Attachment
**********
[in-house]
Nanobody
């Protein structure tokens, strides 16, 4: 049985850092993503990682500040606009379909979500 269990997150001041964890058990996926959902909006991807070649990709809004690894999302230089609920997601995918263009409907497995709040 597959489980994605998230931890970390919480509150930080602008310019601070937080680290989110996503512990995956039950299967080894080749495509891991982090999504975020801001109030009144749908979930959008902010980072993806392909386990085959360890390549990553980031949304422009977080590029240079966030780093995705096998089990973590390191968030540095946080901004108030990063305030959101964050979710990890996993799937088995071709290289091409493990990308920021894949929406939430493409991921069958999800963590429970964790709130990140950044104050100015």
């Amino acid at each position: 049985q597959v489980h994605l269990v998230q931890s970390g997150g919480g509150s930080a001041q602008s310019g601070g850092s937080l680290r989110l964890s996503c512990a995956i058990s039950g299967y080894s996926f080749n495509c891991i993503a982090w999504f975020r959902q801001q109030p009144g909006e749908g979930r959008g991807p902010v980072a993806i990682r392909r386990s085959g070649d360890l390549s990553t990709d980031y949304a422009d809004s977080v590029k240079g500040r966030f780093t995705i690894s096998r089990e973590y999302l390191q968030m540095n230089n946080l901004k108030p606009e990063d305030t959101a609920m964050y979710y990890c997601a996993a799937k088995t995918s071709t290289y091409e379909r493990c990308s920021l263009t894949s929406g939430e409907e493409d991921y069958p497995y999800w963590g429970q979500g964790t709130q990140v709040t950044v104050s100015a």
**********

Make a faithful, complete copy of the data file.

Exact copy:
[in-house]
Nanobody
């Protein structure tokens, strides 16, 4: 049985850092993503990682500040606009379909979500 269990997150001041964890058990996926959902909006991807070649990709809004690894999302230089609920997601995918263009409907497995709040 597959489980994605998230931890970390919480509150930080602008310019601070937080680290989110996503512990995956039950299967080894080749495509891991982090999504975020801001109030009144749908979930959008902010980072993806392909386990085959360890390549990553980031949304422009977080590029240079966030780093995705096998089990973590390191968030540095946080901004108030990063305030959101964050979710990890996993799937088995071709290289091409493990990308920021894949929406939430493409991921069958999800963590429970964790709130990140950044104050100015």
């Amino acid at each position: 049985q597959v489980h994605l269990v998230q931890s970390g997150g919480g509150s930080a001041q602008s310019g601070g850092s937080l680290r989110l964890s996503c512990a995956i058990s039950g299967y080894s996926f080749n495509c891991i993503a982090w999504f975020r959902q801001q109030p009144g909006e749908g979930r959008g991807p902010v980072a993806i990682r392909r386990s085959g070649d360890l390549s990553t990709d980031y949304a422009d809004s977080v590029k240079g500040r966030f780093t995705i690894s096998r089990e973590y999302l390191q968030m540095n230089n946080l901004k108030p606009e990063d305030t959101a609920m964050y979710y990890c997601a996993a799937k088995t995918s071709t290289y091409e379909r493990c990308s920021l263009t894949s929406g939430e409907e493409d991921y069958p497995y999800w963590g429970q979500g964790t709130q990140v709040t950044v104050s100015a």